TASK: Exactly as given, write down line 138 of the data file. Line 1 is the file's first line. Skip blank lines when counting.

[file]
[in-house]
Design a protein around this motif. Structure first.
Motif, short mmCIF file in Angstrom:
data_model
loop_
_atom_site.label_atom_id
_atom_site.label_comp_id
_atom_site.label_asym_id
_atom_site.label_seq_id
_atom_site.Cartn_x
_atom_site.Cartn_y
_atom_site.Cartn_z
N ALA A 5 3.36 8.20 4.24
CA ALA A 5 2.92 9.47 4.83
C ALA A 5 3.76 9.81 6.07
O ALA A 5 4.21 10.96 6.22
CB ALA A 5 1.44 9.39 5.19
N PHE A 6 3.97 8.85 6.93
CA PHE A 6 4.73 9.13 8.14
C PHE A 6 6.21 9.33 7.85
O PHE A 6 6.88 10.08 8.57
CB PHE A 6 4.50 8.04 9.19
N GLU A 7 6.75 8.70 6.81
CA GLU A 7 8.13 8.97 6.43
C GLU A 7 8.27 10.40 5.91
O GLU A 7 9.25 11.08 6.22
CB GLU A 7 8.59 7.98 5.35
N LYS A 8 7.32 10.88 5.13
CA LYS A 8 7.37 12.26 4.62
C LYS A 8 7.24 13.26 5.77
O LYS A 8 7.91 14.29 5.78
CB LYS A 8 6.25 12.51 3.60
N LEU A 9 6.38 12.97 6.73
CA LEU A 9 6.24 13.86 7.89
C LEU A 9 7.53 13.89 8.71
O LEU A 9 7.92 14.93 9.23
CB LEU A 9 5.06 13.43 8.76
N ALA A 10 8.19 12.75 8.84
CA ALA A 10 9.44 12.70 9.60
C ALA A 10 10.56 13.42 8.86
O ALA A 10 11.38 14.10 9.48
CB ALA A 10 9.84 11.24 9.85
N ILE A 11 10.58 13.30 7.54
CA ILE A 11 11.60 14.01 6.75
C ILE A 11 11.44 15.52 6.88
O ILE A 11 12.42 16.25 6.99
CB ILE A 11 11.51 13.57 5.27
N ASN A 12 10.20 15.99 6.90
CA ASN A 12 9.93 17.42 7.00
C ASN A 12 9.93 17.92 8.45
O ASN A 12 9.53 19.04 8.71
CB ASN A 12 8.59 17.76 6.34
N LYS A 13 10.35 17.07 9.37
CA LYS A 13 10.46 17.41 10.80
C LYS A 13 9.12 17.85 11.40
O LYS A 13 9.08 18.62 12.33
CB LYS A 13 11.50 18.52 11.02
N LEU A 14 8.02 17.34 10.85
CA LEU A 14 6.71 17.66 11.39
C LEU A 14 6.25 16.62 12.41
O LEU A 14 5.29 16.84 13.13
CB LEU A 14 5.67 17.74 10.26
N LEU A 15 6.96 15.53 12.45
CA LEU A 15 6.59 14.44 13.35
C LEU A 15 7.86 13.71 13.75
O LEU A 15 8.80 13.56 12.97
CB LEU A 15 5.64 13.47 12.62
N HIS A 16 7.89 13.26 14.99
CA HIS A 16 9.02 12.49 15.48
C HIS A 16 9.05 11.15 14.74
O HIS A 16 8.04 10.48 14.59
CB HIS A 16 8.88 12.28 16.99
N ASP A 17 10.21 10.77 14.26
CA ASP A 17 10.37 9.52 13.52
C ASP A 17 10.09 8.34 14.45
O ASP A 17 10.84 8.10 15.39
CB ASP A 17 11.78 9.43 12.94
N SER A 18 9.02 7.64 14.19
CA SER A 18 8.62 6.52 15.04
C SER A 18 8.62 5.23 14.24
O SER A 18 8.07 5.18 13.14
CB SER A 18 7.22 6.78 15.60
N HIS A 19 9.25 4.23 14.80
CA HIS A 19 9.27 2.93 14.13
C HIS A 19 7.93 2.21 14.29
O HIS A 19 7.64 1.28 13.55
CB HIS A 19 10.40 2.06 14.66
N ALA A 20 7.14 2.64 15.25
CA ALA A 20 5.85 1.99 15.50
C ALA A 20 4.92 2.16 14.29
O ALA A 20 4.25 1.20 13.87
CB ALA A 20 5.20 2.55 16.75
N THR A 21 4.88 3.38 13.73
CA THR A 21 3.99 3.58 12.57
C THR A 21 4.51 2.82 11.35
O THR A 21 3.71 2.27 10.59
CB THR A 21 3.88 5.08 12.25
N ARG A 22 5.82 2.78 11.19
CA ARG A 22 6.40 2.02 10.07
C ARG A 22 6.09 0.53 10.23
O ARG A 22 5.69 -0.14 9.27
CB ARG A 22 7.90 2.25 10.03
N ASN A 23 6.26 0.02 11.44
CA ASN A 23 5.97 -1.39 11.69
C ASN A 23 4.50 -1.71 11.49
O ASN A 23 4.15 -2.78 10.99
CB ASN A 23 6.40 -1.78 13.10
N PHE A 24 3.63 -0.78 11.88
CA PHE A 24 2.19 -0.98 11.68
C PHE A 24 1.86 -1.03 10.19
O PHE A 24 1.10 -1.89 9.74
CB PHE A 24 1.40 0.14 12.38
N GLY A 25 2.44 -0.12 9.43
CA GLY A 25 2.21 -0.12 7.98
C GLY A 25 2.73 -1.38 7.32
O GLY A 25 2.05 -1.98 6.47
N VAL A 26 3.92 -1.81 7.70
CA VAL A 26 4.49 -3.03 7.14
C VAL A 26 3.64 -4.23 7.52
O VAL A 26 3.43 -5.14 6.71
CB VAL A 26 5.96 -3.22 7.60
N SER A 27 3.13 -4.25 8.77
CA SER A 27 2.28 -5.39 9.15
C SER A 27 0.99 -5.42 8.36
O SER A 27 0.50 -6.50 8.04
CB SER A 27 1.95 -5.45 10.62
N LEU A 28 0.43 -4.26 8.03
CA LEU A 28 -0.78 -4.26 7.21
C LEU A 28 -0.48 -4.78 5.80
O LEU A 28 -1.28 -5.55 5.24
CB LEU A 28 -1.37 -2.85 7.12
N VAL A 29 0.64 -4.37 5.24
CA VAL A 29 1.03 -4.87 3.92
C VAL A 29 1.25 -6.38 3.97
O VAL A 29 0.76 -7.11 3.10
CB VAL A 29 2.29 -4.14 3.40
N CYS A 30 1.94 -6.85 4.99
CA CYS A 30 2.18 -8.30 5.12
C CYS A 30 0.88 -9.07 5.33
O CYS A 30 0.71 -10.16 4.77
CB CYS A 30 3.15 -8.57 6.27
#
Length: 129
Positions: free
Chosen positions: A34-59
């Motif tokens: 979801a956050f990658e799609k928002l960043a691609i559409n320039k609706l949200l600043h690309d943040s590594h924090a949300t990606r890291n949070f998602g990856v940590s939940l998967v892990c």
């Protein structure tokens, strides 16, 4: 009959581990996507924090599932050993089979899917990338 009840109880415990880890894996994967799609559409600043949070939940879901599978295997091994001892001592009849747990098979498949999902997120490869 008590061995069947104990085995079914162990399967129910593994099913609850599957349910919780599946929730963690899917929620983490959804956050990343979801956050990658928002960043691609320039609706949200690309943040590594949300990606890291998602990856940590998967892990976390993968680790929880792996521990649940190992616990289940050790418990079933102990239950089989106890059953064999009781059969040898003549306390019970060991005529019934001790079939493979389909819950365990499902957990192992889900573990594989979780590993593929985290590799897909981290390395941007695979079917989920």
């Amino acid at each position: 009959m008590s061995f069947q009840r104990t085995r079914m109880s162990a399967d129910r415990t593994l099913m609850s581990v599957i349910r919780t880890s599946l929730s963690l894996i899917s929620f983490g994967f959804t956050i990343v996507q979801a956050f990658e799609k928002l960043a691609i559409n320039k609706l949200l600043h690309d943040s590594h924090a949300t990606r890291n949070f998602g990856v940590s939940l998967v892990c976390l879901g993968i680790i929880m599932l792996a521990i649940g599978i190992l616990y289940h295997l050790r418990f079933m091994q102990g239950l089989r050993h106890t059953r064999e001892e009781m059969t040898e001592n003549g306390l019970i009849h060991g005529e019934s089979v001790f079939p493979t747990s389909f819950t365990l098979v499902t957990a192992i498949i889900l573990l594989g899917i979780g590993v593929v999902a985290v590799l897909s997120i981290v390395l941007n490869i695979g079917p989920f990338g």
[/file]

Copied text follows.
CA CYS A 30 2.18 -8.30 5.12